When the battery 180 needs recharging as indicated by sensor 196, the glove 172 is placed adjacent an appropriately configured induction heating device, and switch 182 is moved to the charging position, either manually or automatically, creating a complete circuit through coil 186, lead 183a, battery 180, lead 183b, switch 182, and lead 190. Upon activation of the heating device, operating data is retrieved from the sensor 196, such as type of object, maximum recharge time, optimum operating voltage, and maximum power transfer. The heating device, which in this instance serves as a re-charging device, will then use such retrieved parameters to control the field strength of the alternating magnetic field to create an appropriate recharge condition for the battery 180. This is achieved by periodically monitoring the sensor 196 to determine the charge state of the battery 180. Battery charging occurs owing to the flow of current generated in coil 186 and flowing through battery 180. Normally, the battery 180 or the sensor 196 would include circuitry for active termination of charging when the recharge cycle is complete. The induction heater would then detect a drop in the output energy so as to wirelessly detect the completion of the charge cycle, and at this point the work coil of the heater would be de-energized.
Like glove 160, glove 172 also preferably includes heat retentive phase change material in the body of the glove, which is heated during charging of battery 180. Thus, the glove 172 provides sustained warming as it is worn. Additionally, the inclusion of a manual switch 182 allows for on-demand warming.
1. A clothing item adapted to be worn and comprising:
- a clothing body;
- an induction heatable element operably associated with said body, said element operable to be heated when subjected to an alternating magnetic field so as to provide warmth to a wearer of the clothing item; and
- a device operably coupled with said element in order to limit the temperature thereof upon said heating of the element.
2. The clothing item of claim 1, said device comprising a temperature sensor associated with said element.
3. The clothing item of claim 1, said element comprising a susceptor coil.
4. The clothing item of claim 3, said susceptor coil embedded within said clothing body.
5. The clothing item of claim 1, said element comprising a matrix of magnetic susceptible material.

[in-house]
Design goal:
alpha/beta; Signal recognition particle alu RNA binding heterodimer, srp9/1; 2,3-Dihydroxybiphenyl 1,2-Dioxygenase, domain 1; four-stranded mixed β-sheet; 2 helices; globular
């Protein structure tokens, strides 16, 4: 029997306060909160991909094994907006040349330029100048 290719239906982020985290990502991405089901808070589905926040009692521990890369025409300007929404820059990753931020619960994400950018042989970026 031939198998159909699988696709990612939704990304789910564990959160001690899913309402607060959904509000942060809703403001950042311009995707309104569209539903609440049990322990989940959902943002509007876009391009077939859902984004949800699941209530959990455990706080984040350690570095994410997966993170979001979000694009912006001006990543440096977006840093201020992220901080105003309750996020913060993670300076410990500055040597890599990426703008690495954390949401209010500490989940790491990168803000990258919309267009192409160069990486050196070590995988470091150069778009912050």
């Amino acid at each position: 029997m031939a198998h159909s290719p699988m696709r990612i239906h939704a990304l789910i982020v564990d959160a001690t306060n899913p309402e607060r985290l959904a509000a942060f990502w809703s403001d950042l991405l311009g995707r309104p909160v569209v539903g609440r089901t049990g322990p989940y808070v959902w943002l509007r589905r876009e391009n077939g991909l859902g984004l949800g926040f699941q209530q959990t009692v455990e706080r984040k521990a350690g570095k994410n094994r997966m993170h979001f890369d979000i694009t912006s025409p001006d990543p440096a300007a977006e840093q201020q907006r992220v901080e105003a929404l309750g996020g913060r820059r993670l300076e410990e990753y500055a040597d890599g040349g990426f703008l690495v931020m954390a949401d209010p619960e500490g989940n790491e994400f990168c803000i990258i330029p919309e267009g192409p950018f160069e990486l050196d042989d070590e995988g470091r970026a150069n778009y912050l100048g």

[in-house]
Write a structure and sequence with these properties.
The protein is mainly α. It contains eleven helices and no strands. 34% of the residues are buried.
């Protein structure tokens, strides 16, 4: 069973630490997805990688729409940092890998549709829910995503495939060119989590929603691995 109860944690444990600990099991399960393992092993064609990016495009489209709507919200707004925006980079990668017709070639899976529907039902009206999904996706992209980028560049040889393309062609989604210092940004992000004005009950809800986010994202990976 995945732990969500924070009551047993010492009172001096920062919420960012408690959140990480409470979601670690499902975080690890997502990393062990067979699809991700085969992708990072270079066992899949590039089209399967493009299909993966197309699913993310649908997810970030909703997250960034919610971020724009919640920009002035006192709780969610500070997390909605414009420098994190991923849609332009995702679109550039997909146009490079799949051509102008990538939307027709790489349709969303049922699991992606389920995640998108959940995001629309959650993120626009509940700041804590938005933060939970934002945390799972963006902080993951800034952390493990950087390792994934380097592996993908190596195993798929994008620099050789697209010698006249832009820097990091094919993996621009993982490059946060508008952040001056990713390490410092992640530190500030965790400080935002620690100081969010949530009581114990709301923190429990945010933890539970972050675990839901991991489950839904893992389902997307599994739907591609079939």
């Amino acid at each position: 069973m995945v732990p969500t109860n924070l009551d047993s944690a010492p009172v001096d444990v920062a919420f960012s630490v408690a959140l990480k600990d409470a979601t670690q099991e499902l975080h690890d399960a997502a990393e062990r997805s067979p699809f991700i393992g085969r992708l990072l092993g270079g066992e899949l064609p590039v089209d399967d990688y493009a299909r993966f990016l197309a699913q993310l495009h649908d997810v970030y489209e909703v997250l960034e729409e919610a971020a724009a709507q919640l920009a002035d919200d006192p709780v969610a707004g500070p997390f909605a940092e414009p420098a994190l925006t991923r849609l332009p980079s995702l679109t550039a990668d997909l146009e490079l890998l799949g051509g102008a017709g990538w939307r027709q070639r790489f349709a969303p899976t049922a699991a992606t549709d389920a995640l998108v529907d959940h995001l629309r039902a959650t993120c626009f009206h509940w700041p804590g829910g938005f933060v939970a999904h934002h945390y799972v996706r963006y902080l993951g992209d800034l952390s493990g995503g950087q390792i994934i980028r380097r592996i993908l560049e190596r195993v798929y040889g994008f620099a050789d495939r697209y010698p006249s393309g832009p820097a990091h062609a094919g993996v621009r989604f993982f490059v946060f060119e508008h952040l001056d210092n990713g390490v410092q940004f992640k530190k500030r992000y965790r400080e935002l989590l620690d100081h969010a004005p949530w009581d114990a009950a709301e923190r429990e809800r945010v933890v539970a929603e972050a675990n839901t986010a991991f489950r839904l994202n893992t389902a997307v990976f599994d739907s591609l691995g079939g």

6. The clothing item of claim 5, said material comprising graphite.
7. The clothing item of claim 1, said device including an RFID tag and a temperature sensor operably coupled with the RFID tag.
8. The clothing item of claim 7, said temperature sensor being mounted on said RFID tag.
9. The clothing item of claim 7, said temperature sensor being spaced from said RFID tag, there being an electrical connection between the temperature sensor and RFID tag.
10. The clothing item of claim 1, said element comprising a susceptor coil, said device comprising a thermal switch operably coupled with said susceptor coil and operable to open the circuit of the susceptor coil when the coil is heated to a predetermined maximum temperature.
11. The clothing item of claim 1, said clothing item selected from the group consisting of footwear, stockings, gloves, hats, trousers, shirts, jackets, and coats.
12. A clothing assembly comprising:
- a clothing item including a clothing body;
- an induction heatable element operably associated with said body, said element operable to be heated when subjected to an alternating magnetic field so as to provide warmth to a wearer of the clothing item; and
- an induction heater configured for placement in proximity to said element and operable to generate an alternating magnetic field in order to heat said element.
13. The clothing assembly of claim 12, including a device operably coupled with said element in order to limit the temperature thereof upon said heating of the element.
14. The clothing assembly of claim 13, said device comprising a temperature sensor.
15. The clothing assembly of claim 13, said element comprising a susceptor coil.
16. The clothing assembly of claim 15, said susceptor coil embedded within said clothing body.
17. The clothing assembly of claim 12, said element comprising a matrix of magnetic susceptible material.
18. The clothing assembly of claim 17, said material comprising graphite.
19. The clothing assembly of claim 12, said device including an RFID tag and a temperature sensor operably coupled with the RFID tag.
20. The clothing assembly of claim 19, said temperature sensor being mounted on said RFID tag.
21. The clothing assembly of claim 19, said temperature sensor being spaced from said RFID tag, there being an electrical connection between the temperature sensor and RFID tag.